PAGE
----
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FilmsAsia: Asian film reviews
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A Time to Live A Time to Die
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   A Time to Live A Time to Die  


A Time to Live, a Time to Die

Reviewed by sieteocho

Chinese Title: Tong nien wang shi
Director: Hou Hsiao Hsien
Writing Credits: Chu Tien Wen, Hou Hsiao Hsien
Cast: Mei Feng, Tang Yu Yuen, Tien Feng, Xin Shufen, Yiu Ann Shuin
Genre: Drama
Country: Taiwan
Language: Mandarin
Year Released: 1985
Runtime: 138 min
Rating ****½ (out of five stars)

I watched my first two Hou Hsiao Hsien films in college. The first was The Puppetmaster. I knew that he was an interesting guy, but that film blew me away. He had invented this whole new visual idiom that I hadn’t recognized elsewhere before. Actually, no. I had already watched Edward Yang's Yi Yi and that one blew me away. Then I watched the The Puppetmaster because I read somewhere that Edward Yang picked up his chops from Hou Hsiao Hsien.

The signature depiction of gang fights, something I’m familiar with, since I’ve already watched A Brighter Summer Day, is very typical. Long shot of a street scene, camera static, in contrast to the excitement of the violence. Gangsters chasing each other in and out of the frame. Lots of screaming off screen where the violence is supposed to take place. The suddenness of the attacks contrasted with the serene, nonchalant movement of the camera.

[WARNING: Spoiler here.]

Since this is a film about his own childhood, Hou Hsiao Hsien strives to keep the tone light. Even when there’s violence it all takes place off screen. The first gangster scene had this sinister, menacing build-up, where a whole gang was plotting to rob a textile hawker. Then a discussion about how much money the poor guy is carrying. Then the leader meticulously orders each gang member to seal off all the exits of a junction. Then when the hawker is about to drive away on a motorbike, a gang member waylays him but fails to get him to stop. The gang leader curses and swears at him that even such a fat guy can’t even stop a motorbike. It is truly hilarious.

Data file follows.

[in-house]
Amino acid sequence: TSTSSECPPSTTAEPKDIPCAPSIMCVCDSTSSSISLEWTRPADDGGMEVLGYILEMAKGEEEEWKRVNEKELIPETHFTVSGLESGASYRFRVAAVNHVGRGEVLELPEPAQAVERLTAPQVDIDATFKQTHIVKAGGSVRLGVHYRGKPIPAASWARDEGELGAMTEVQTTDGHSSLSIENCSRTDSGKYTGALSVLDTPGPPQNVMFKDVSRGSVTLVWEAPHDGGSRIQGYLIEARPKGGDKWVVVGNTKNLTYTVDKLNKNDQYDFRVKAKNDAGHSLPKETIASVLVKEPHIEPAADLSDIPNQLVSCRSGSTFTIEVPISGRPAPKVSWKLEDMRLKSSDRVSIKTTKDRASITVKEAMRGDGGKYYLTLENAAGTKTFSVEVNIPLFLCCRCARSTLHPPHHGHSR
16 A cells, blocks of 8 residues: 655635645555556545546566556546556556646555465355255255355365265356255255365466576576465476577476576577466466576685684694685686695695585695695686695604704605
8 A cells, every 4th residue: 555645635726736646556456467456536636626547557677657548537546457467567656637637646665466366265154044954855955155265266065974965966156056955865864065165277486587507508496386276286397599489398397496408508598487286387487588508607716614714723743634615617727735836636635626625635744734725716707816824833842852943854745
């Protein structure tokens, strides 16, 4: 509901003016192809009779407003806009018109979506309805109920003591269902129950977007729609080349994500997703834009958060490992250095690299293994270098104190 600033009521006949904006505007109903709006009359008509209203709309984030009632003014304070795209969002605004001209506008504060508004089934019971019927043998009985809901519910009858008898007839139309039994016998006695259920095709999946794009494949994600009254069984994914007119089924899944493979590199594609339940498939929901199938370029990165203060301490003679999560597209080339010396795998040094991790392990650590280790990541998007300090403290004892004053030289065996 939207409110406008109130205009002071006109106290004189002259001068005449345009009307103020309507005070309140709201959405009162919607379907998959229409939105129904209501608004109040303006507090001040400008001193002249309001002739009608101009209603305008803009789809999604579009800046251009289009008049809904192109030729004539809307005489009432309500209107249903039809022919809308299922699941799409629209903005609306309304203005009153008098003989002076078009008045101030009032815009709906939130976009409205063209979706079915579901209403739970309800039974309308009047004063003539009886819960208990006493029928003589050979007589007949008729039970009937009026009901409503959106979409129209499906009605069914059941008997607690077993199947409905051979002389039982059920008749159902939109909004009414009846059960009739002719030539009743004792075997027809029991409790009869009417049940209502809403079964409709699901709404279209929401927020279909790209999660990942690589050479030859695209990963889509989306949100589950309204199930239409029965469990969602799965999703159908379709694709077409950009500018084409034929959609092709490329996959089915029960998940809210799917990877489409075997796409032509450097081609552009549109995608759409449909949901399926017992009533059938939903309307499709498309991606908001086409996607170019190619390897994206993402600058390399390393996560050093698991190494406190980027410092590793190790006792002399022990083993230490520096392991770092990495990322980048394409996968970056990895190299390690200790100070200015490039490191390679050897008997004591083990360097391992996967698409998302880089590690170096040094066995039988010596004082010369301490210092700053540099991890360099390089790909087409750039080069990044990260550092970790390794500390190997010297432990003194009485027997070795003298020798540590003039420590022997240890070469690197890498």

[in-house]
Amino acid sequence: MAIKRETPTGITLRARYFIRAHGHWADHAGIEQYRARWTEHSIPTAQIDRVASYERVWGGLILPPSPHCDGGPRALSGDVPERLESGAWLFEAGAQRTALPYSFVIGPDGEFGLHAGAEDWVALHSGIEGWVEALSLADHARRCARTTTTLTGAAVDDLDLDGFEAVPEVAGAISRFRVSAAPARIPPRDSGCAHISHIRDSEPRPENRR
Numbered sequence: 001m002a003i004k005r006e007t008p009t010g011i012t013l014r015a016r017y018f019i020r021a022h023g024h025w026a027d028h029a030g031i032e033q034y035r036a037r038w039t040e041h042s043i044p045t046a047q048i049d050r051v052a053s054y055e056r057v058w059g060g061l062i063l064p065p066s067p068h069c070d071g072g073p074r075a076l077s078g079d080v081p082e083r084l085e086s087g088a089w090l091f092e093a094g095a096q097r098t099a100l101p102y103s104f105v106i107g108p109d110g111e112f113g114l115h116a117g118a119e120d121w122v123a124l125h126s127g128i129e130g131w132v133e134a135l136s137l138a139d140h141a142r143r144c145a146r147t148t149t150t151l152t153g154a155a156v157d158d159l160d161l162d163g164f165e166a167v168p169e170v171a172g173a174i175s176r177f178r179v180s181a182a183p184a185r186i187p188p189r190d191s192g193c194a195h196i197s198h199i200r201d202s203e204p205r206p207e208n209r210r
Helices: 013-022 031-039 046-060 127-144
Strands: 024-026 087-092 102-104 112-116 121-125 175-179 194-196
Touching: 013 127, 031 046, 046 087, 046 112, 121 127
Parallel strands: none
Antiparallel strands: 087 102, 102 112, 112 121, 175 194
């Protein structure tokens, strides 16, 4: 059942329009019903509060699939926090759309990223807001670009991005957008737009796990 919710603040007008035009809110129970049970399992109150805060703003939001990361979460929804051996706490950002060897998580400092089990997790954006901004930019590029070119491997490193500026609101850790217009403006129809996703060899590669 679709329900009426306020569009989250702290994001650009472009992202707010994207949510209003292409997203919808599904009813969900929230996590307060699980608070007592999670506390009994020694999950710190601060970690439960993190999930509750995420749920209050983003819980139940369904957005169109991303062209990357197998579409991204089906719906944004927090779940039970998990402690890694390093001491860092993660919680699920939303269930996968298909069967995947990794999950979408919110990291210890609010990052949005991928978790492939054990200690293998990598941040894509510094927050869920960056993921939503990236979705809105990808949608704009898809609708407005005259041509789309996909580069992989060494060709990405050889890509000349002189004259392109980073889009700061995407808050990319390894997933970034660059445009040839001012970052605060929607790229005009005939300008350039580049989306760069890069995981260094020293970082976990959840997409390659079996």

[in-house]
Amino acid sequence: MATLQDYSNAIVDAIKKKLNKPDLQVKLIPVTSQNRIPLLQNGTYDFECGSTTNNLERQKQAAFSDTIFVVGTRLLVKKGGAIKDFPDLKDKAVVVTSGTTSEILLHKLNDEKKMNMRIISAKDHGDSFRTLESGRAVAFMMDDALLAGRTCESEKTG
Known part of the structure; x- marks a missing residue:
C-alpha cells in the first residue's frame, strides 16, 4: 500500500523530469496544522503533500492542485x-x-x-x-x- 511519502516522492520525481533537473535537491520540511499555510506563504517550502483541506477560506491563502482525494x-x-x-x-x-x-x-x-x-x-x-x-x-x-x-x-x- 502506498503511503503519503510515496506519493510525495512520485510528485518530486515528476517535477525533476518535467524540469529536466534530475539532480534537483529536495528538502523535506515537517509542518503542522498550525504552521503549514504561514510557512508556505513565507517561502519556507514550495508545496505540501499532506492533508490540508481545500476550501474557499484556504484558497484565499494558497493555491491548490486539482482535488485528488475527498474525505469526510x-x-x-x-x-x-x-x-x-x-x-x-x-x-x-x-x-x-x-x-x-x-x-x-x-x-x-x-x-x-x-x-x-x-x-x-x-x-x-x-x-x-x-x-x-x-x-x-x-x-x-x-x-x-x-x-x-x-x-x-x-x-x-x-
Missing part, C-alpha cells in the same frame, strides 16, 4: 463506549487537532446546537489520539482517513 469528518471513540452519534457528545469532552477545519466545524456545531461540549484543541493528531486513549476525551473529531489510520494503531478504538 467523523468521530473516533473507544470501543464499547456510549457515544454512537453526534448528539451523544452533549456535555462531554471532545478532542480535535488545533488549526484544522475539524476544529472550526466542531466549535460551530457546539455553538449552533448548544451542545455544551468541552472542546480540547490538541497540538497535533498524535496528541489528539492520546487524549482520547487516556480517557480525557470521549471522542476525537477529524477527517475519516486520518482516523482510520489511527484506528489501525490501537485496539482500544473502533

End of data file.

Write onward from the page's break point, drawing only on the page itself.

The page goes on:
Some of the scenes are intentionally goofy. The scene where Hsiao Yen finds a parang and starts sharpening it could have been very menacing, but the testing the sharpness of the blade against his arm, and his neck, of all places, and his clumsy handling of the weapon reminds us all that he’s just a kid.

Or the scene with a gang intimidating a rival gang member who slighted them, takes the route of humorous depiction, with the watch-out alerting his fellow gang members of the approach of a teacher, and their sarcastically greeting him. (For all you Caucasians out there, all pupils in Chinese schools have to greet their teachers on sight as a rule.)

The comments that follow are general enough that I could be talking about Antonioni, Tarkovsky, Kiarostami, Hou Hsiao Hsien, Edward Yang, or Tsai Ming Liang.

The Hou Hsiao Hsien technique I especially like is the landscape long shot. It holds the camera there, long enough for you to pick out all the visual cues. This is the visual foreplay before the sex, and guys take note: foreplay is important. Hold that camera there long enough for the viewer to get his money’s worth. Let his eyes roam, and decide where to go. Thus, we have a camera inside a camera. I get the feeling that rather than watching a movie I’m seeing an album of moving photographs that have some loose sense of connectedness to each other rather than being portions of a tightly knit narrative. Do not tell a story, leave that for Edward Yang to do. The narrative "rawness" and lack of conventional narrative structure is all the more interesting because of the ambiguity and the number of ways with which to piece the thing together.